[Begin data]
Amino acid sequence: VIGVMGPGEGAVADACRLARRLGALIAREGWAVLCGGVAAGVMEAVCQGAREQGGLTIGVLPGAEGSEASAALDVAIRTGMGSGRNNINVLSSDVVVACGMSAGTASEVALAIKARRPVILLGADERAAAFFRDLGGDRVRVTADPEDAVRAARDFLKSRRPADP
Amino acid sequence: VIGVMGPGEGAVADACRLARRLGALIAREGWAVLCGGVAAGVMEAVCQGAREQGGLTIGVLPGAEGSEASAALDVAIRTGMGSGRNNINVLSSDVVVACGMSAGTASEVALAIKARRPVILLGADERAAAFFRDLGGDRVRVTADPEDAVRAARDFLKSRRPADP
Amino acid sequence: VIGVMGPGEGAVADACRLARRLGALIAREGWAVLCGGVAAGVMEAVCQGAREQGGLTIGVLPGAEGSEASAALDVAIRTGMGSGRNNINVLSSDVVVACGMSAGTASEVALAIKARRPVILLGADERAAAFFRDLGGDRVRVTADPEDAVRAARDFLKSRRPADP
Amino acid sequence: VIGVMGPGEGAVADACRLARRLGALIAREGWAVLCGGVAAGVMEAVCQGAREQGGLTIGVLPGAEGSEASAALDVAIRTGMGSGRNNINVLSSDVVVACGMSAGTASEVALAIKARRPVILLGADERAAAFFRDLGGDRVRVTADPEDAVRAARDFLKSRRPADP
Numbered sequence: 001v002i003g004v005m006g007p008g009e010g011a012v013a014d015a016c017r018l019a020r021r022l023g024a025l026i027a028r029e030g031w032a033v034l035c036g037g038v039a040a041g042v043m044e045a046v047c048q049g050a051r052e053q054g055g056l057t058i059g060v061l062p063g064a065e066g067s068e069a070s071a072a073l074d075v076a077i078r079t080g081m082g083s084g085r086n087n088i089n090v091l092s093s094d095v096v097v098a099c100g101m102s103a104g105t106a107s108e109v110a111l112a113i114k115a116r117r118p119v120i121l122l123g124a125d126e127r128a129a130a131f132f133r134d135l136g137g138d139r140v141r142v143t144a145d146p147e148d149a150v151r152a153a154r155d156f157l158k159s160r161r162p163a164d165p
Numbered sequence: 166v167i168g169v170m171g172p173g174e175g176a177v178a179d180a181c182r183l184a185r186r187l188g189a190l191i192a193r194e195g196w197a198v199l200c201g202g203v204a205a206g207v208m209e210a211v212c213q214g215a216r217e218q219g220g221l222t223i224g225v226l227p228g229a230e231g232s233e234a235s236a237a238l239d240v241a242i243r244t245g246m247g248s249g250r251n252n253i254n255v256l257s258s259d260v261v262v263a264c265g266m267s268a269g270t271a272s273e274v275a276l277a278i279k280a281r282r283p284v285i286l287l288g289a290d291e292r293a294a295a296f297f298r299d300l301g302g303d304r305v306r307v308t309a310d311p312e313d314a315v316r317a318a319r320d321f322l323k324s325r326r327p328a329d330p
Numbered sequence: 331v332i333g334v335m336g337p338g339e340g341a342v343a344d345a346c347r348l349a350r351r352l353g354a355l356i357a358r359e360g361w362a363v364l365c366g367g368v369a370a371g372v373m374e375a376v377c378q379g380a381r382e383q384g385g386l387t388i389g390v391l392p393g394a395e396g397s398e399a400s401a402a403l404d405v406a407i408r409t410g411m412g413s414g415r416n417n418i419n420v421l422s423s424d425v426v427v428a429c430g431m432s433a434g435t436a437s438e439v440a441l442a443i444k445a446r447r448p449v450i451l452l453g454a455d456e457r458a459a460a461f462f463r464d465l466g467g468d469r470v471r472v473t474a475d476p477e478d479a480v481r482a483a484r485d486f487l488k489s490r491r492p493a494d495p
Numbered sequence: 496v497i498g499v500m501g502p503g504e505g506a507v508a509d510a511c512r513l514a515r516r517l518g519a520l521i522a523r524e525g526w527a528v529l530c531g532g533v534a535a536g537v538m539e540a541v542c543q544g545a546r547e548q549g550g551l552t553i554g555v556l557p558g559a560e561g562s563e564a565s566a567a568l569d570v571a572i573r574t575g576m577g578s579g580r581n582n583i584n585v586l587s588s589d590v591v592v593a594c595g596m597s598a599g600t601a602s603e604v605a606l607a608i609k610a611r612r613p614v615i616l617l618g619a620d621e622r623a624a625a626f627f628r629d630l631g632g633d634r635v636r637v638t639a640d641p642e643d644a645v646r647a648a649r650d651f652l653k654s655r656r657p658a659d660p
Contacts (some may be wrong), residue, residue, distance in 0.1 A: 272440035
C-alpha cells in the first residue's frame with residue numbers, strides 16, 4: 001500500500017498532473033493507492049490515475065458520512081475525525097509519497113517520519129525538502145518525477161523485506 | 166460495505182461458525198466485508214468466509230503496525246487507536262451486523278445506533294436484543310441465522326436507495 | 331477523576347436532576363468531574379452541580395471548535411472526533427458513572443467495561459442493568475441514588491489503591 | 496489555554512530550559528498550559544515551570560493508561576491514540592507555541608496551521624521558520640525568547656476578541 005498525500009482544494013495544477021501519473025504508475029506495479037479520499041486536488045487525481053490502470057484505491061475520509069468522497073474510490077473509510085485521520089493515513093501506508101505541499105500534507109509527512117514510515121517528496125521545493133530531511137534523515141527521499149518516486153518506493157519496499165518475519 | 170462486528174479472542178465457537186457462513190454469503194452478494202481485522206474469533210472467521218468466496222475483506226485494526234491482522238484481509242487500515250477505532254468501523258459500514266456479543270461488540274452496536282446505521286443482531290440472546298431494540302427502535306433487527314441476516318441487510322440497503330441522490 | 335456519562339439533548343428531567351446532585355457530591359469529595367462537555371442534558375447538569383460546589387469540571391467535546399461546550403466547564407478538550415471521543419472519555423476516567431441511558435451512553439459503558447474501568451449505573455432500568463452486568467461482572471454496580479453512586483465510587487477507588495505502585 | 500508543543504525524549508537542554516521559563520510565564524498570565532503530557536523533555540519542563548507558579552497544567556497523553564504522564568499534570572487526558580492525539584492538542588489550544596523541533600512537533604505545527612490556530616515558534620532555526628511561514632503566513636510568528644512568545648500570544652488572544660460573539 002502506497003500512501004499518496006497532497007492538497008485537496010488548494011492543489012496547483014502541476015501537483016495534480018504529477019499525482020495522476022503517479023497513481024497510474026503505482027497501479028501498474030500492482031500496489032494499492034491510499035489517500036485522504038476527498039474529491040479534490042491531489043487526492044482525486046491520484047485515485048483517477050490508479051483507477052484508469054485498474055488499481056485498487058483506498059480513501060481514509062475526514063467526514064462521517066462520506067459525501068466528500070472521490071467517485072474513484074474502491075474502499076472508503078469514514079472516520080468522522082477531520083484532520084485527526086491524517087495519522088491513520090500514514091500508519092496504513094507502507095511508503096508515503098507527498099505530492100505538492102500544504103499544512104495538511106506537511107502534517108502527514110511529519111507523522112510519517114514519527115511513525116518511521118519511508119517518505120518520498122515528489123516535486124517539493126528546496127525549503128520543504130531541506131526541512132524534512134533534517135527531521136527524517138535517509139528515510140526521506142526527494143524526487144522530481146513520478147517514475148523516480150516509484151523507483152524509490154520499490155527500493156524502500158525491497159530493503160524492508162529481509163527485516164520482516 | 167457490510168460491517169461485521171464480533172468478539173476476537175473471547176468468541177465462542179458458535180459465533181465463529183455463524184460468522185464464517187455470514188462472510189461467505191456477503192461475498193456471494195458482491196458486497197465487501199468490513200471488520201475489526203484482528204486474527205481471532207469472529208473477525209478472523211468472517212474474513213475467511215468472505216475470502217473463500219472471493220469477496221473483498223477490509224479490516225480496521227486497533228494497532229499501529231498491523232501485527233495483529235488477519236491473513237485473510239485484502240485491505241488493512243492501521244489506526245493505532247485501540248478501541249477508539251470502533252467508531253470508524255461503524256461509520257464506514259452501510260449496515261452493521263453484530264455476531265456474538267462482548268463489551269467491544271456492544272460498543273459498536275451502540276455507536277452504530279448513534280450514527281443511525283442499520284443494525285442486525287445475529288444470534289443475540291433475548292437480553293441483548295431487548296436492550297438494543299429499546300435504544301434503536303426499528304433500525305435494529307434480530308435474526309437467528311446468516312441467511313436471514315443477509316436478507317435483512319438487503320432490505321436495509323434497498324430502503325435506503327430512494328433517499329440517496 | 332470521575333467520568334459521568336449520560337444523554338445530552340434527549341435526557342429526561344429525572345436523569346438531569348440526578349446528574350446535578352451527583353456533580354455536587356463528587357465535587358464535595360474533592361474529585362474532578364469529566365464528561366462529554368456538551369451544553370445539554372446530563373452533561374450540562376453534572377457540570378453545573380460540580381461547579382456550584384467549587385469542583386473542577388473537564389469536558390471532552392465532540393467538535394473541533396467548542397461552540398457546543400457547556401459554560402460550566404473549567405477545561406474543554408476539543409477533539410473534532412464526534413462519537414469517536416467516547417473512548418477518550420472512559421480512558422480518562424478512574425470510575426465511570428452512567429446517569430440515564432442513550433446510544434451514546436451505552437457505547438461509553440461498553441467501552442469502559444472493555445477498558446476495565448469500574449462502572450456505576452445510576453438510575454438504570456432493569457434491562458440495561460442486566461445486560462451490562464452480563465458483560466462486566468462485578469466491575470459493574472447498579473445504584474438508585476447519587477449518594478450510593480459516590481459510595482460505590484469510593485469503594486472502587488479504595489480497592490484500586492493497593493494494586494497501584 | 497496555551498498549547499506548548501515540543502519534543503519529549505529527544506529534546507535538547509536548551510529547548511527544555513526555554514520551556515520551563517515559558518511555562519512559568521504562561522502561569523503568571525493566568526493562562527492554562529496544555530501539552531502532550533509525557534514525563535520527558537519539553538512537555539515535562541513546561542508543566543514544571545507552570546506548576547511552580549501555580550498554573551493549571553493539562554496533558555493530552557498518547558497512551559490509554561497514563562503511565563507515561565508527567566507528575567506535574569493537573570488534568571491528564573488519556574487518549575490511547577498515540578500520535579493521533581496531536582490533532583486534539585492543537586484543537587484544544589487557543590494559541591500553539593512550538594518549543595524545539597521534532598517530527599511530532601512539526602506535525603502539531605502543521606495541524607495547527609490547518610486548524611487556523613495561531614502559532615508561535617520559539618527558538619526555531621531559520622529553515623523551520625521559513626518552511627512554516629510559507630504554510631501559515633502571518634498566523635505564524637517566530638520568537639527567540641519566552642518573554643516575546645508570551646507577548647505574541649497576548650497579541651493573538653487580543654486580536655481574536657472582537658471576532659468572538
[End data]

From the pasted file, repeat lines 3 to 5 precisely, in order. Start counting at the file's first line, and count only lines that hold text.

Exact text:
Amino acid sequence: VIGVMGPGEGAVADACRLARRLGALIAREGWAVLCGGVAAGVMEAVCQGAREQGGLTIGVLPGAEGSEASAALDVAIRTGMGSGRNNINVLSSDVVVACGMSAGTASEVALAIKARRPVILLGADERAAAFFRDLGGDRVRVTADPEDAVRAARDFLKSRRPADP
Amino acid sequence: VIGVMGPGEGAVADACRLARRLGALIAREGWAVLCGGVAAGVMEAVCQGAREQGGLTIGVLPGAEGSEASAALDVAIRTGMGSGRNNINVLSSDVVVACGMSAGTASEVALAIKARRPVILLGADERAAAFFRDLGGDRVRVTADPEDAVRAARDFLKSRRPADP
Numbered sequence: 001v002i003g004v005m006g007p008g009e010g011a012v013a014d015a016c017r018l019a020r021r022l023g024a025l026i027a028r029e030g031w032a033v034l035c036g037g038v039a040a041g042v043m044e045a046v047c048q049g050a051r052e053q054g055g056l057t058i059g060v061l062p063g064a065e066g067s068e069a070s071a072a073l074d075v076a077i078r079t080g081m082g083s084g085r086n087n088i089n090v091l092s093s094d095v096v097v098a099c100g101m102s103a104g105t106a107s108e109v110a111l112a113i114k115a116r117r118p119v120i121l122l123g124a125d126e127r128a129a130a131f132f133r134d135l136g137g138d139r140v141r142v143t144a145d146p147e148d149a150v151r152a153a154r155d156f157l158k159s160r161r162p163a164d165p